As for Monkey King Online, this game is mediocrity at its finest, to the point where I’d much rather talk about my breakfast burrito and AC filter than go into the finer details on just how bad it is. Mix a horrible user interface that is full to the saturation point with shiny buttons and a constant stream of rewards to keep your attention, and big numbers very early on for the kiddies. The game throws everything but the kitchen sink at you, a barrage of tasks that are exactly the same in all but name. Main quests, side quests, daily quests, Punish the Gods, Karma quests, guild quests, event quests, forbidden quests, safeguard quests, dharma quests, etc. Login rewards, play rewards, goddesses, conquests, multiplayer, challenges, server events, new server events, beta events, power up tasks, forced in under the idea that if you just overwhelm the player all at once, they won’t realize that there really is nothing going on.


Monkey King Online falls into the lowest tier of MMOs in terms of quality. They are pumped out by the hundreds every year in China and Korea with a few making their way westward thanks to publishers like R2 Games. Isometric free to play games that are heavy on the cash shop and so self-aware of how mind numbingly boring, uncreative, and unintuitive they are, that the game revolves around mechanics that allow it to play itself. Your character will take quests, complete them, turn them in, and even buy his own flipping potions using the money picked up from mobs. I only had to lift a finger to equip new items and occasionally hit “complete quest” when the game wouldn’t turn it in automatically, and my character was raking in cash by the millions.

The whole genre is shovelware, developed by companies that make nothing but shovelware, and peddled by overseas publishers who only traffic in shovelware. Each successive game is a clone upon the last which improves absolutely nothing aside from devising more efficient ways to milk the “whales,” people with a lot of expendable cash and not a lot of good taste or sense in how to spend it. Thanks to the fact that this game cost roughly the video game equivalent of a dollar burger at Wendy’s to develop, it will coast on said whales.

Monkey King Online is mindless, it is boring, and with poorly animated characters that appear to be running on a giant green screen, it isn’t much to look at. It is unapologetic in its weight towards the cash shop, especially after level 50 when progress grinds to a halt, you run out of quests, and are forced to grind mobs to the tune of less than a hundredth of a percent of progress per kill. If you’re going to have your computer doing something while it’s idling, at least have it be something with higher odds of a productive outcome, like finding someone willing to make a second season of Firefly.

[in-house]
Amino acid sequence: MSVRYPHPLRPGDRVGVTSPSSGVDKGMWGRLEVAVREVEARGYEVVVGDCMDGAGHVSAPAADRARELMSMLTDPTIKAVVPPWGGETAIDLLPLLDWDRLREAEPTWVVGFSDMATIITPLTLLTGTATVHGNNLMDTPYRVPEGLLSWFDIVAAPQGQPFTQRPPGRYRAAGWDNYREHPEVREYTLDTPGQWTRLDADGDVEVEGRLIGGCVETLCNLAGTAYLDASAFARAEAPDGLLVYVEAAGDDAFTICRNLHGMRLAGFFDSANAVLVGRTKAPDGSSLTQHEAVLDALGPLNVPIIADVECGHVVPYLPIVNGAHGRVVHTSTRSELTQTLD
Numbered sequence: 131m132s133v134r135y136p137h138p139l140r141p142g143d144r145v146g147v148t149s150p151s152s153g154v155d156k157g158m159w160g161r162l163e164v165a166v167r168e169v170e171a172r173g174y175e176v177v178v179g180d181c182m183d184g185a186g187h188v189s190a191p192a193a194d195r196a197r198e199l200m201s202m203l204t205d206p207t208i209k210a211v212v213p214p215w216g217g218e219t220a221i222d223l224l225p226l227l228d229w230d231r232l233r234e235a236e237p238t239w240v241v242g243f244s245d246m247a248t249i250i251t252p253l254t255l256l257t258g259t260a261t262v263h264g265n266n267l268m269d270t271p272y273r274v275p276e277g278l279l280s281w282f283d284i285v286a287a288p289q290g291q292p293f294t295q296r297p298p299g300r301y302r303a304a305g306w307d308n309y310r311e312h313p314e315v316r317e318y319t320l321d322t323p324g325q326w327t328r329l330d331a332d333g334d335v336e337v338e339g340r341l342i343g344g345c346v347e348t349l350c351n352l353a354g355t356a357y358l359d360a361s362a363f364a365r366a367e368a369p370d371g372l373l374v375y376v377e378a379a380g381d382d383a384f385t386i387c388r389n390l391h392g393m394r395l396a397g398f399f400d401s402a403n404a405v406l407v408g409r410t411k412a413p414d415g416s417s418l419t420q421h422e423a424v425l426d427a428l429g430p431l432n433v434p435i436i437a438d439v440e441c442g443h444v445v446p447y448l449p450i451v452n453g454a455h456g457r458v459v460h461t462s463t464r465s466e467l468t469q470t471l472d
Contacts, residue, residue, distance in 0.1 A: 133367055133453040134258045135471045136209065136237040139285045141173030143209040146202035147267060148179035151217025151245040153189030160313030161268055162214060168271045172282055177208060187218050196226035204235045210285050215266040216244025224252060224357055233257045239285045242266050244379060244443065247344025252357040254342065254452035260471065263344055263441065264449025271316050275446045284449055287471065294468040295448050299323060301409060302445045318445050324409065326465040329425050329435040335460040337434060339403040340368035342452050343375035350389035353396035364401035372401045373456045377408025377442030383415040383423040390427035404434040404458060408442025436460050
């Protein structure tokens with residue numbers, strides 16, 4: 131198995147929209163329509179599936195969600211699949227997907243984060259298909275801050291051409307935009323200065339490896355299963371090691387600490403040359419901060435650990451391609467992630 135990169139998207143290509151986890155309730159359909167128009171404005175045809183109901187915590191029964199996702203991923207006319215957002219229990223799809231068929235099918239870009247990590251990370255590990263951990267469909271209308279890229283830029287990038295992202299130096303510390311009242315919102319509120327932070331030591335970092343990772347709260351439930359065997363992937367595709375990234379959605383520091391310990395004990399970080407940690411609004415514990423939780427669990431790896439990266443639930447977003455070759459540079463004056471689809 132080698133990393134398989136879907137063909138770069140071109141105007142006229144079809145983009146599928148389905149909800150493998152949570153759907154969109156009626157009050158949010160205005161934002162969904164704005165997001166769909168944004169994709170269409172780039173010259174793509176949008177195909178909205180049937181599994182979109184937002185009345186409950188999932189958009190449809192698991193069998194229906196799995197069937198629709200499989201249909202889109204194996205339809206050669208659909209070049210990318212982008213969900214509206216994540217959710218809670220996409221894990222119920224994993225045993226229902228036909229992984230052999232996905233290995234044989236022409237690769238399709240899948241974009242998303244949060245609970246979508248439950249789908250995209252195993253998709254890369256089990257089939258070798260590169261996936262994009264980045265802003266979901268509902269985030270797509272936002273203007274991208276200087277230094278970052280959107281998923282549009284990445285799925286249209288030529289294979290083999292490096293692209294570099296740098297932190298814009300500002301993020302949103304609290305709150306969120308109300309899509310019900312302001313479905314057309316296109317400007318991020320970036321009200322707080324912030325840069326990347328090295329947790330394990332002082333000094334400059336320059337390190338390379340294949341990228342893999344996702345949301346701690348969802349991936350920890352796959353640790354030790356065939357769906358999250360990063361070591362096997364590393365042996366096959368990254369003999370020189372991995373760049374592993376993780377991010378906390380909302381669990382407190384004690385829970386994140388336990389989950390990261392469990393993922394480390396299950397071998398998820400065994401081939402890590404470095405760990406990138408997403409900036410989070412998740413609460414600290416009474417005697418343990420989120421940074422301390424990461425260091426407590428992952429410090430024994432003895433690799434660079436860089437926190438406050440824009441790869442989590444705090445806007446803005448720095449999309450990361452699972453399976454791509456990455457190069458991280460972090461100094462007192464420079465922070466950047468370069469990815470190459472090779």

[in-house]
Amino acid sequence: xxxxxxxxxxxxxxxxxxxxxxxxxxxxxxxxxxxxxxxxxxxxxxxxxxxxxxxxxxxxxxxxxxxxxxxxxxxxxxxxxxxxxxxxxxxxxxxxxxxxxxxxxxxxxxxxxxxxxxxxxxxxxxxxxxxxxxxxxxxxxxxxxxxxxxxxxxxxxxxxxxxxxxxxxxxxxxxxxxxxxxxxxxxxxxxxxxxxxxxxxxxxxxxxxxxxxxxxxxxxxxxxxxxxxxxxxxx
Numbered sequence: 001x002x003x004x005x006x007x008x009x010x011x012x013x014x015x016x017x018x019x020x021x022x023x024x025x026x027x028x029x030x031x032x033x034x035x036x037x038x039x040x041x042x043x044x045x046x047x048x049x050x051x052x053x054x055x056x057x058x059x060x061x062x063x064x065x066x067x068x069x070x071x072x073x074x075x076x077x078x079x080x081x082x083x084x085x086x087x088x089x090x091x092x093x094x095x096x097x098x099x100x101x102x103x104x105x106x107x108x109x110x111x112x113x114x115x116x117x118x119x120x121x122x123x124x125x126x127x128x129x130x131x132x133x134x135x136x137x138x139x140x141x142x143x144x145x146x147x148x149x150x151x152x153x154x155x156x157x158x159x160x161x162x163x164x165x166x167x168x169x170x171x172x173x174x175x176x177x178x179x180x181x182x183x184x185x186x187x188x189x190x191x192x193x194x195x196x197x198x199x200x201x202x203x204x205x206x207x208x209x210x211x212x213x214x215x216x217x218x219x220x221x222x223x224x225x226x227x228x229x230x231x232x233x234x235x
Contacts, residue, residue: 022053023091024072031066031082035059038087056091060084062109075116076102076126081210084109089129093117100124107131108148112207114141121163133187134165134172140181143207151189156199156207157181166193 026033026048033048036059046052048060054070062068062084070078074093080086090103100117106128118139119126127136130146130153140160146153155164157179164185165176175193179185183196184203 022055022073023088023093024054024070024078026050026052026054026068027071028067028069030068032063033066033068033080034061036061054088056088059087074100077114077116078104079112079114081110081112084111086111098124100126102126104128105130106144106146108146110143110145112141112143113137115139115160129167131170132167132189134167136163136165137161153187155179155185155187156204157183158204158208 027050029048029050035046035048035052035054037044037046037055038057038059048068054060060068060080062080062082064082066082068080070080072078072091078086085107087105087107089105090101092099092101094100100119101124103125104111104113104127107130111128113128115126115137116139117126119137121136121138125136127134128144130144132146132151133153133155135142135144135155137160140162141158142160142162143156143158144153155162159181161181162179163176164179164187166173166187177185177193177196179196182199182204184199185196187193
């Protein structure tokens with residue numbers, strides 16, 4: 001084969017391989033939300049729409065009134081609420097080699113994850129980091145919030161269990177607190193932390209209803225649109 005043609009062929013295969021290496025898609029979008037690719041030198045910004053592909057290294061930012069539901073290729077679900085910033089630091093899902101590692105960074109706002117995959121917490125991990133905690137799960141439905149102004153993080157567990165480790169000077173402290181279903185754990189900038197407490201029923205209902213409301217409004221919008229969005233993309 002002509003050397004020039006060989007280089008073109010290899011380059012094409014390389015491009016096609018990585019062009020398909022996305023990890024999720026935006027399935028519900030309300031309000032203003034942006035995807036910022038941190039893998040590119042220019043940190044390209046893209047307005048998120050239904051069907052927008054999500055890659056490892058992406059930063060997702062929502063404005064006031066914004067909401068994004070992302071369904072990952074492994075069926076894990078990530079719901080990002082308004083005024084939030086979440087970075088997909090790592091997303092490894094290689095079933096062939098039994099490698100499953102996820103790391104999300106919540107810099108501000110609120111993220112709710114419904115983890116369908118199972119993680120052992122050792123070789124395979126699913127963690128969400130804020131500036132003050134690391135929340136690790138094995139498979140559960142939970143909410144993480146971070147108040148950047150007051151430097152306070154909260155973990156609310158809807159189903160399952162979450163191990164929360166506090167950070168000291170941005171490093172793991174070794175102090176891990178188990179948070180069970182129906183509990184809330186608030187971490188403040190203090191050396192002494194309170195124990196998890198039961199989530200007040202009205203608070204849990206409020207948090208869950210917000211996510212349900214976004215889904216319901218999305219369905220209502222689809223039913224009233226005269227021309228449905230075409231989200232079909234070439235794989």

Otherwise I have no strong opinions on the matter.

SOE Shutting Down Four MMOs


Sony Online Entertainment has announced that four of their MMOs will be shut down later this year: Wizardry Online, Free Realms, Vanguard, and Clone Wars Adventures. Free Realms and Clone Wars are set to shut down March 31st with Wizardry and Vanguard following on July 31st. Sony attributes the sunsetting of Free Realms and Clone Wars as being due to its user base growing up and finding new games, while Wizardry Online was due to a mutual agreement with the publisher. In the case of Vanguard, SOE was unable to get past technical issues with the game’s outdated engine.

player population numbers have decreased making it difficult to justify the resources needed to support and update this game. This is an older game and we’re experiencing more and more technical challenges to continue running and updating it in a way you deserve. Simply put, these are issues that cannot be fixed in the long term and as a player, we would be doing you a disservice and going against our company commitment to provide the best gameplay experiences. So given this information, sunsetting the game later this year is the inevitable conclusion.

Vanguard is the oldest title to shut down, having launched in 2007, with Free Realms and Clone Wars going live in 2009 and 2010 respectively. Wizardry Online launched last January. Vanguard being shut down is especially saddening when you consider that (prior to being stopped by technical issues) the company seemed rather excited to start working on it. Still, the good news is that workers affected by the shutdowns were apparently absorbed into the SOE hive mind to work on other projects.